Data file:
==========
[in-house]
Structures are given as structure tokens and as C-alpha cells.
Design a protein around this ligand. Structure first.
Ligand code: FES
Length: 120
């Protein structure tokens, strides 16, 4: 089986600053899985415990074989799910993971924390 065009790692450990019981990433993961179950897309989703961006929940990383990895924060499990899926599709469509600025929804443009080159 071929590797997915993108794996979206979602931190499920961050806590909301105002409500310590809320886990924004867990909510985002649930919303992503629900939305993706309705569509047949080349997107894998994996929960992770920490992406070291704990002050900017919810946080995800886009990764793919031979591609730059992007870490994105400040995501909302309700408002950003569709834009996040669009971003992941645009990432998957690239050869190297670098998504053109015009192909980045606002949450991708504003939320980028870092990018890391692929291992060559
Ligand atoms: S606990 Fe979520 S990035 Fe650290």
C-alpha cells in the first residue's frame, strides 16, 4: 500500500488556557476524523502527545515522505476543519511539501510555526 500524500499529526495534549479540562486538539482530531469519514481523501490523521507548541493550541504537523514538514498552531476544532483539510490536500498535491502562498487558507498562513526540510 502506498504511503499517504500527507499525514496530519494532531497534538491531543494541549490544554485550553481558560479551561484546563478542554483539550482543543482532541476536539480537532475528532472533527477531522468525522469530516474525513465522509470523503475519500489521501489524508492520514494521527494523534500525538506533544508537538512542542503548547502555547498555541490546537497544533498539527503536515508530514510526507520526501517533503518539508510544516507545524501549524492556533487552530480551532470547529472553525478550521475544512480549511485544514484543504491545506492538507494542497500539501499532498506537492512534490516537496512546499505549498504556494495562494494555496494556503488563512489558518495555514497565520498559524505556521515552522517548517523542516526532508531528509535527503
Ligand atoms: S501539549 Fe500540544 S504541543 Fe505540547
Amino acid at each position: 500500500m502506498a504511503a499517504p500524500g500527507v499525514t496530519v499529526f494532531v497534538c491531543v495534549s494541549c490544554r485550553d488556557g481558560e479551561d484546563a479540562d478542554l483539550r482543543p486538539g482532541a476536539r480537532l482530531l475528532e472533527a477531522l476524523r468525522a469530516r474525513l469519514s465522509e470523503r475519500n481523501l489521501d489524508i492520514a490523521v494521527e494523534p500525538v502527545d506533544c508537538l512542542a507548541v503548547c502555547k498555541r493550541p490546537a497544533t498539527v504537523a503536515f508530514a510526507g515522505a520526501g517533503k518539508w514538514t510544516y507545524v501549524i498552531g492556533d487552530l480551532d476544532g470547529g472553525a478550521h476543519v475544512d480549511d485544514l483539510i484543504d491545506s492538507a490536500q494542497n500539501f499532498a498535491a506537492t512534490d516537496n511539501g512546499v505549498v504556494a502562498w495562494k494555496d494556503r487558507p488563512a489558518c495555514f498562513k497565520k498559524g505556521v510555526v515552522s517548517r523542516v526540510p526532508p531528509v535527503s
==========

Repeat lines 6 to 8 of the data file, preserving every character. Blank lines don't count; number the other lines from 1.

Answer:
């Protein structure tokens, strides 16, 4: 089986600053899985415990074989799910993971924390 065009790692450990019981990433993961179950897309989703961006929940990383990895924060499990899926599709469509600025929804443009080159 071929590797997915993108794996979206979602931190499920961050806590909301105002409500310590809320886990924004867990909510985002649930919303992503629900939305993706309705569509047949080349997107894998994996929960992770920490992406070291704990002050900017919810946080995800886009990764793919031979591609730059992007870490994105400040995501909302309700408002950003569709834009996040669009971003992941645009990432998957690239050869190297670098998504053109015009192909980045606002949450991708504003939320980028870092990018890391692929291992060559
Ligand atoms: S606990 Fe979520 S990035 Fe650290």
C-alpha cells in the first residue's frame, strides 16, 4: 500500500488556557476524523502527545515522505476543519511539501510555526 500524500499529526495534549479540562486538539482530531469519514481523501490523521507548541493550541504537523514538514498552531476544532483539510490536500498535491502562498487558507498562513526540510 502506498504511503499517504500527507499525514496530519494532531497534538491531543494541549490544554485550553481558560479551561484546563478542554483539550482543543482532541476536539480537532475528532472533527477531522468525522469530516474525513465522509470523503475519500489521501489524508492520514494521527494523534500525538506533544508537538512542542503548547502555547498555541490546537497544533498539527503536515508530514510526507520526501517533503518539508510544516507545524501549524492556533487552530480551532470547529472553525478550521475544512480549511485544514484543504491545506492538507494542497500539501499532498506537492512534490516537496512546499505549498504556494495562494494555496494556503488563512489558518495555514497565520498559524505556521515552522517548517523542516526532508531528509535527503